The name Jebel Akhdar means “The Green Mountain”, a somewhat unlikely moniker, given the massif’s largely inhospitable terrain, with vast expanses of bare rock on which only the hardiest shrubs and ground plants are able to survive. The most convincing explanation for the unlikely name is that it refers to the days when the Saiq Plateau and other parts of the surrounding mountains were covered in a dense carpet of agricultural terracing, pieces of which can still be seen today below the villages of Al Ayn and Al Aqr. An alternative if slightly less convincing theory holds that the name derives from the colour of the limestone from which the mountains are formed, and which can take on a decidedly greenish coloration in certain lights – in complete contrast to the reddish ophiolite hills which surround the plateau to the east and south.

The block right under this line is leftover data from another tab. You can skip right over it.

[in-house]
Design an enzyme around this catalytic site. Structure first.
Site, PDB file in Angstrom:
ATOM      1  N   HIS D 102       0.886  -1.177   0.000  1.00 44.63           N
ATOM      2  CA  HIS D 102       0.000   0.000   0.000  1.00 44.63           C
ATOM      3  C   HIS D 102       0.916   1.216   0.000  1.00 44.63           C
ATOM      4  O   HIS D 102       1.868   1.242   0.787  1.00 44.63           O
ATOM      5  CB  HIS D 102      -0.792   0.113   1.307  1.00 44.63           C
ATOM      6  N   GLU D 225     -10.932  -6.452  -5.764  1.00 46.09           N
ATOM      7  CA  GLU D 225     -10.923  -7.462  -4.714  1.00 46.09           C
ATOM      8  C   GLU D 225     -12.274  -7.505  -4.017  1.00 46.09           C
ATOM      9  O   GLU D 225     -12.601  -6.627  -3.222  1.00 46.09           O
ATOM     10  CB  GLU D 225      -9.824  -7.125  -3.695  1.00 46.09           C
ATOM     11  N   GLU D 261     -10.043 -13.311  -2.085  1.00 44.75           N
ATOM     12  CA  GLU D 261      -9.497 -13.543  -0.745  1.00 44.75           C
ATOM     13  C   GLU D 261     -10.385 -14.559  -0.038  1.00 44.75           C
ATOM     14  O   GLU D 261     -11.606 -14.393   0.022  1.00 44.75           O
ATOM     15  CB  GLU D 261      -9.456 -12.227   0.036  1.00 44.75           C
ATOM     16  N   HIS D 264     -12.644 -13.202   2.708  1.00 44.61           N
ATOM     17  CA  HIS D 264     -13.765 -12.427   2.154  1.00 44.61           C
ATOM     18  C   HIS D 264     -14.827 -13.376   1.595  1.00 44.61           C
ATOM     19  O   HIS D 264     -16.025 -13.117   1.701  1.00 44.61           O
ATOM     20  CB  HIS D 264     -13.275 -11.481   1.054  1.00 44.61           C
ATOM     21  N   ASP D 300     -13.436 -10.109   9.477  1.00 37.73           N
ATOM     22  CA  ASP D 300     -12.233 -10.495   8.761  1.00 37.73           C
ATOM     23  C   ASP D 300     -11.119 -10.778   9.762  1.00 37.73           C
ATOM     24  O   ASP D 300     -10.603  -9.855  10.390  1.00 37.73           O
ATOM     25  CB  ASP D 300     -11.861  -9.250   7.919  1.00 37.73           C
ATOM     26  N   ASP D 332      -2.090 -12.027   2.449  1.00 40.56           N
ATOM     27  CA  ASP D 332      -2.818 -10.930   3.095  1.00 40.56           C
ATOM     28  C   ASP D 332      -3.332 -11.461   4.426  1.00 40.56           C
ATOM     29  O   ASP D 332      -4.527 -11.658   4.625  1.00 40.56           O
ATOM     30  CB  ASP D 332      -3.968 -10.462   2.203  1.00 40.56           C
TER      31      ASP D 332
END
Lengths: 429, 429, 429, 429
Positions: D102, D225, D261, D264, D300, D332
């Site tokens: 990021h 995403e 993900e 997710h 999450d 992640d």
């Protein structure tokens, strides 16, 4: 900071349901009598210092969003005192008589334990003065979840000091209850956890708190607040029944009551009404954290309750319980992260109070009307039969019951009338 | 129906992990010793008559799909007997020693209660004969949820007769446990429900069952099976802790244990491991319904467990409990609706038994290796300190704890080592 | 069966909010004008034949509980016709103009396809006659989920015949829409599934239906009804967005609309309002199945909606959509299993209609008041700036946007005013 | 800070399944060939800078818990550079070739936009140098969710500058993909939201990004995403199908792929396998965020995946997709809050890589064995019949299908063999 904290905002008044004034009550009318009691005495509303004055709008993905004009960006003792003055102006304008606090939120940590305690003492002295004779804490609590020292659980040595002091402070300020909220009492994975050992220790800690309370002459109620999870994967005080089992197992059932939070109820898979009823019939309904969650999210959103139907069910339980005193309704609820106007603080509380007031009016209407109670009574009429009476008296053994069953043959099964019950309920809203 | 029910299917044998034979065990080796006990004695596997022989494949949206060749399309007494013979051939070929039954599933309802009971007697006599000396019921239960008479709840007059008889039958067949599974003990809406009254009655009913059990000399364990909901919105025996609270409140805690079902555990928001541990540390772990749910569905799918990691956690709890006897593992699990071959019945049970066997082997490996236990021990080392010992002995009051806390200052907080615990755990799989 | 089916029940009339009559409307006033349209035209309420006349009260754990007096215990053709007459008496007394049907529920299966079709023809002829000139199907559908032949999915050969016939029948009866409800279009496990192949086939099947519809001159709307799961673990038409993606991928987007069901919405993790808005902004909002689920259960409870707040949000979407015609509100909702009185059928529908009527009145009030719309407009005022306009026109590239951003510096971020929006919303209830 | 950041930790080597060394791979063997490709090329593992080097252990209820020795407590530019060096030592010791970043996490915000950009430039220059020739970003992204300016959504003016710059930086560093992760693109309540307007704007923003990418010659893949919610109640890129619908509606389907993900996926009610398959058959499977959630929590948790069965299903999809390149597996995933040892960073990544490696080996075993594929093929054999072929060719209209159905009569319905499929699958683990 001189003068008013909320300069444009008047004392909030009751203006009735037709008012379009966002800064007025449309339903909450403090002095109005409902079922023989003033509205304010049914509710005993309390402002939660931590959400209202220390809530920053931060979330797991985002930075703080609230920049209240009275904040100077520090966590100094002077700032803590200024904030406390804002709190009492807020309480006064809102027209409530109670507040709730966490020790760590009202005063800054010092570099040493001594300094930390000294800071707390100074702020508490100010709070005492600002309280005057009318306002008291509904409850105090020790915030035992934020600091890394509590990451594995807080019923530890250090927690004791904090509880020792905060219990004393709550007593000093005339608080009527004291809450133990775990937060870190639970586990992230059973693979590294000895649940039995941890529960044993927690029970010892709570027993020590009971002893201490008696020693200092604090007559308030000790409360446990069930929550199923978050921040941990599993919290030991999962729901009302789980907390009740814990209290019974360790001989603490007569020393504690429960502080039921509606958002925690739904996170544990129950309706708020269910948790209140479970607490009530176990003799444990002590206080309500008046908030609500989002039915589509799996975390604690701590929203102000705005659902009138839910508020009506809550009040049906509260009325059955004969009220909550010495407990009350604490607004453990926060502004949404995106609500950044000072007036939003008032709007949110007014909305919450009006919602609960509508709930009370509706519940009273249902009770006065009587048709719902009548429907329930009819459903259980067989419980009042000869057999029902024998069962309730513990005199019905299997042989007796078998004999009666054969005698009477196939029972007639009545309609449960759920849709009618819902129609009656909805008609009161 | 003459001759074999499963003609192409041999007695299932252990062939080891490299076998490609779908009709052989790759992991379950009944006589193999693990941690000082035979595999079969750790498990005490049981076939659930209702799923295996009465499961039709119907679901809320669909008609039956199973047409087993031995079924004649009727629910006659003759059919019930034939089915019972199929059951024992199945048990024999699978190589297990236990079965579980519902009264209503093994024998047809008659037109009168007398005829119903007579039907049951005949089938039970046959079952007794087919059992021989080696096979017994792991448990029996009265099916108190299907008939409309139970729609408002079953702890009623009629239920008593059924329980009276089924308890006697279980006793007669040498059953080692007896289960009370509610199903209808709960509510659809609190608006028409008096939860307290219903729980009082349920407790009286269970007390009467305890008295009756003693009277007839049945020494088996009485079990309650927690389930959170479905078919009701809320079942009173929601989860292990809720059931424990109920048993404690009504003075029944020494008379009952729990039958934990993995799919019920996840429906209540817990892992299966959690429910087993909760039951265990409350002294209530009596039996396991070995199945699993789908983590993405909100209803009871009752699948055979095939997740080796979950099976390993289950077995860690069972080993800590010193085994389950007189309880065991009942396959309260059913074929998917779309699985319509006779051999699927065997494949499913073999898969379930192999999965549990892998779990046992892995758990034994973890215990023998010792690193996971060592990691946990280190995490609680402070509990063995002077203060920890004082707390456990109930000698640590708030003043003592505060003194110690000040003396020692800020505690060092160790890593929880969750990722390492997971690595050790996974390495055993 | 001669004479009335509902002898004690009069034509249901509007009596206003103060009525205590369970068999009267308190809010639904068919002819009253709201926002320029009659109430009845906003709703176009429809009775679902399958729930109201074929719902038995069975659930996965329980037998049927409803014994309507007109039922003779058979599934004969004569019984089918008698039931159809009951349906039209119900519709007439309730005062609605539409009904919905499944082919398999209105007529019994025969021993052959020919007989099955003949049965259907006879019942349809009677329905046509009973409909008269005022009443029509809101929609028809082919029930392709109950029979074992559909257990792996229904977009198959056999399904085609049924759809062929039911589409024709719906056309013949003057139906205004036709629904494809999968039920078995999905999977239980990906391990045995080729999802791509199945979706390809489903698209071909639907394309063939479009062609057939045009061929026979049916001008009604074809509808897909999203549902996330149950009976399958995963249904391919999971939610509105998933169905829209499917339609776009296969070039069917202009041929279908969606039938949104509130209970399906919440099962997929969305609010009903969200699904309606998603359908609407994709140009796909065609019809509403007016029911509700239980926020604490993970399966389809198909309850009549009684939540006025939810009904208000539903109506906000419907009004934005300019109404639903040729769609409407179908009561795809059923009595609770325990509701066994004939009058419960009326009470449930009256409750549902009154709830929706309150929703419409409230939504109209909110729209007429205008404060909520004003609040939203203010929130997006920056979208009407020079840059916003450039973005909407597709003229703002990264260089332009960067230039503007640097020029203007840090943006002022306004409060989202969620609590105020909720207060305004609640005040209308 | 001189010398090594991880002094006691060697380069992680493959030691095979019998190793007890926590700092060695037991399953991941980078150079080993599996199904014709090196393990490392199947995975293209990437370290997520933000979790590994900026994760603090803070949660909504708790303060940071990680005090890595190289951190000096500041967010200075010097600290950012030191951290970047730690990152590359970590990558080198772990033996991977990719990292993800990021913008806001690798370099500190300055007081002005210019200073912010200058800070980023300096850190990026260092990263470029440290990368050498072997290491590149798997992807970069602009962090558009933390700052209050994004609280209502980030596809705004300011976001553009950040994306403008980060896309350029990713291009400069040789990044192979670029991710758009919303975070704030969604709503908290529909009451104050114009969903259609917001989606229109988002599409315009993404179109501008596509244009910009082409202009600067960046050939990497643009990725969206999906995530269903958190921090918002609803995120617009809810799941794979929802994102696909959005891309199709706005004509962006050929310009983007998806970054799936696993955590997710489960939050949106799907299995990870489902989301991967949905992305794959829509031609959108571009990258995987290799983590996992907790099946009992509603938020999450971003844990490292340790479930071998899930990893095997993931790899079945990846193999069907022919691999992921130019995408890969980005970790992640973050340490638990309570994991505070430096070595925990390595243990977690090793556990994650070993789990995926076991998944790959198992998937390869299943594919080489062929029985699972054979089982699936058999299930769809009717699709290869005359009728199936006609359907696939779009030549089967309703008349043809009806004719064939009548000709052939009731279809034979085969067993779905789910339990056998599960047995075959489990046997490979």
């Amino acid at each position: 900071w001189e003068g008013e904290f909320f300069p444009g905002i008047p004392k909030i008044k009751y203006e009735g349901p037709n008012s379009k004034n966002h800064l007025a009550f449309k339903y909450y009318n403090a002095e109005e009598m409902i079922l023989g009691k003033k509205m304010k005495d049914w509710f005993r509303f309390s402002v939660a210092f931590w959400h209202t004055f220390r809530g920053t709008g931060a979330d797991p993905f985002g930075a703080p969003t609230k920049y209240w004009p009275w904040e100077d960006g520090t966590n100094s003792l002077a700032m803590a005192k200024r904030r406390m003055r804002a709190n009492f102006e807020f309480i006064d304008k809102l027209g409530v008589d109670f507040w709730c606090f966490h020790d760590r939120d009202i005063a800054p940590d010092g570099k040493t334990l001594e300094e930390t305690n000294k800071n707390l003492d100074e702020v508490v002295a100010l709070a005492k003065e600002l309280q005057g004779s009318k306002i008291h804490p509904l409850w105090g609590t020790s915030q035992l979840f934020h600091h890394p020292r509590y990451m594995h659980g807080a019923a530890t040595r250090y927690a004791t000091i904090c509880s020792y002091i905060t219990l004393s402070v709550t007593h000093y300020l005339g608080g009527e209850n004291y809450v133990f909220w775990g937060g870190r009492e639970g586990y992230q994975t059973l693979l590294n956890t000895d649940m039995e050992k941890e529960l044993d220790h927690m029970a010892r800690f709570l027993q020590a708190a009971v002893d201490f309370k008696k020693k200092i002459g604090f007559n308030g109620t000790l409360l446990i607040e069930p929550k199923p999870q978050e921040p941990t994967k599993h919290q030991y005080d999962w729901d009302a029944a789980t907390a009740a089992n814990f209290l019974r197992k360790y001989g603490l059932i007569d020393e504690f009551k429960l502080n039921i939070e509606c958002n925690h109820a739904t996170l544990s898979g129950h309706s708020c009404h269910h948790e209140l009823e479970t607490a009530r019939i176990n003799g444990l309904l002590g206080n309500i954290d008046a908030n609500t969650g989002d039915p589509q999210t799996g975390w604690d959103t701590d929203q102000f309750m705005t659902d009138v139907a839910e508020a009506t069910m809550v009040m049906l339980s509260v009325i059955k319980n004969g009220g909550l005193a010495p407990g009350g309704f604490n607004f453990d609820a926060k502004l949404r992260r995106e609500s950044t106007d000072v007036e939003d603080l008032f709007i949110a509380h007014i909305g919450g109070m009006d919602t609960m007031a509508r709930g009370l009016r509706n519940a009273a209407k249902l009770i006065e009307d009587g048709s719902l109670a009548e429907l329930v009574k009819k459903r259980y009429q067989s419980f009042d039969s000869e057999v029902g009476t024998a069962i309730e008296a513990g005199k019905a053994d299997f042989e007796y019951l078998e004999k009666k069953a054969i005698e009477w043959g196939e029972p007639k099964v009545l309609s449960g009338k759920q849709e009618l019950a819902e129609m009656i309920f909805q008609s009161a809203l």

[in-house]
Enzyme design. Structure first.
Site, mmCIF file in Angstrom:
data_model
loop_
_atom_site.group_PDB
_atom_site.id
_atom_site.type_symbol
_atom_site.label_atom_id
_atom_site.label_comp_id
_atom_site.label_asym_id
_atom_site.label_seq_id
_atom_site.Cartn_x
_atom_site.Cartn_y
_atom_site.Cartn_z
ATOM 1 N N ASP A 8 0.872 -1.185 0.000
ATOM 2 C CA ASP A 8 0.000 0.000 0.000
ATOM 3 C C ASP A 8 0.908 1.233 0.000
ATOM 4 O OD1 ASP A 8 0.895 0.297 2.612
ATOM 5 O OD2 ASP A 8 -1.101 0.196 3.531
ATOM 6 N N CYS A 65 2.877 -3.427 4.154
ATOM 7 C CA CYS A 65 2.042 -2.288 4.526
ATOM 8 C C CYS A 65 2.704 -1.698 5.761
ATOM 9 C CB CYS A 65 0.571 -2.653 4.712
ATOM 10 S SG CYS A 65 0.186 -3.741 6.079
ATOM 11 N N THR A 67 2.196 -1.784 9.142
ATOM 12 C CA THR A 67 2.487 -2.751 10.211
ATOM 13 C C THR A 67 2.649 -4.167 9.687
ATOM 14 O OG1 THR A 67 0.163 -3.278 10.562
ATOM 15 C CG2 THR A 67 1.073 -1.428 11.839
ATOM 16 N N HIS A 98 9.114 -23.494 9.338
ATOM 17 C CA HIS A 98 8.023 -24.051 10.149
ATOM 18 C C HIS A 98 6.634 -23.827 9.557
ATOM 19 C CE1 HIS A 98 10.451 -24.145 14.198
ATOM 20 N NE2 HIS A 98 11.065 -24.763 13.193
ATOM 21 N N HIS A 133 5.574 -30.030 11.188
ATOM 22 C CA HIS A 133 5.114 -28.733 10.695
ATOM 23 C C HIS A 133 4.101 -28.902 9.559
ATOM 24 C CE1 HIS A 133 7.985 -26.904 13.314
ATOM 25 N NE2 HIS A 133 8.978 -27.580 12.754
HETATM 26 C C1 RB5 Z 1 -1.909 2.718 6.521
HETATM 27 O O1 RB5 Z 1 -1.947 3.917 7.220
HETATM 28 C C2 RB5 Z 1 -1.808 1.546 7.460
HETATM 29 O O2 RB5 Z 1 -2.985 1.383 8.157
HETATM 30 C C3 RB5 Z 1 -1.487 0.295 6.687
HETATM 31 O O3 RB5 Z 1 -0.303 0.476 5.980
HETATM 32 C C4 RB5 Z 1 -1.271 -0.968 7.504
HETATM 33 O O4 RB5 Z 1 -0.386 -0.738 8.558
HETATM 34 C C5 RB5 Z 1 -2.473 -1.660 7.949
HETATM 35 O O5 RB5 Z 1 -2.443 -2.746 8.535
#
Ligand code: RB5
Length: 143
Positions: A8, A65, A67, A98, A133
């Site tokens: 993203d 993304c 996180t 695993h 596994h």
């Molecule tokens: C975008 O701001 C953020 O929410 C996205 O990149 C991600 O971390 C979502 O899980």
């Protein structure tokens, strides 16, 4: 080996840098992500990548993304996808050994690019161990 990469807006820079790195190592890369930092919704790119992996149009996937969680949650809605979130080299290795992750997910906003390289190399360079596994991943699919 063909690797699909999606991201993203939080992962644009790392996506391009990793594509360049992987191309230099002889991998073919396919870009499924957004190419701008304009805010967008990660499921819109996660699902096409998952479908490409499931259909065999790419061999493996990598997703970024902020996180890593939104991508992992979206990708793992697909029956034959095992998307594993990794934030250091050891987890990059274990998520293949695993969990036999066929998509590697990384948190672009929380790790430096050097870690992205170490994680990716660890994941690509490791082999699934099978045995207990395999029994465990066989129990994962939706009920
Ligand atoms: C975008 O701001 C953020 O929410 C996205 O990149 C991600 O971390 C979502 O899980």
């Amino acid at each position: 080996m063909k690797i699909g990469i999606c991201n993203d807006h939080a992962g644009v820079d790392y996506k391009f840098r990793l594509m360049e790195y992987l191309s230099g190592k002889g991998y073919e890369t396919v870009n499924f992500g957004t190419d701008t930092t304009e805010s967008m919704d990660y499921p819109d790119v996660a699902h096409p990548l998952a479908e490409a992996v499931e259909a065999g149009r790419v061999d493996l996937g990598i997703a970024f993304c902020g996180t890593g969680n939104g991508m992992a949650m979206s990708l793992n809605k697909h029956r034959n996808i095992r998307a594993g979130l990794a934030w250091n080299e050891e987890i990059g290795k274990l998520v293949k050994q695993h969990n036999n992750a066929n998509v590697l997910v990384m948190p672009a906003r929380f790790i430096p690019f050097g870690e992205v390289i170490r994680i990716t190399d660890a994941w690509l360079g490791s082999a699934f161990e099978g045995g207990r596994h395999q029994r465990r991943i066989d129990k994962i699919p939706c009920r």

Further ambiguity surrounds the present use of the name. On maps, the name Jebel Akhdar is generally used to refer to the entire section of the Hajar mountains running west from the Sumail Gap as far as Jebel Shams. In practice, however, most locals (and local road signs) use the name to describe the area of mountains immediately north of Nizwa, around the Saiq Plateau (which is the sense used in this guide). The area further west, beyond Al Hamra, is usually described as Jebel Shams.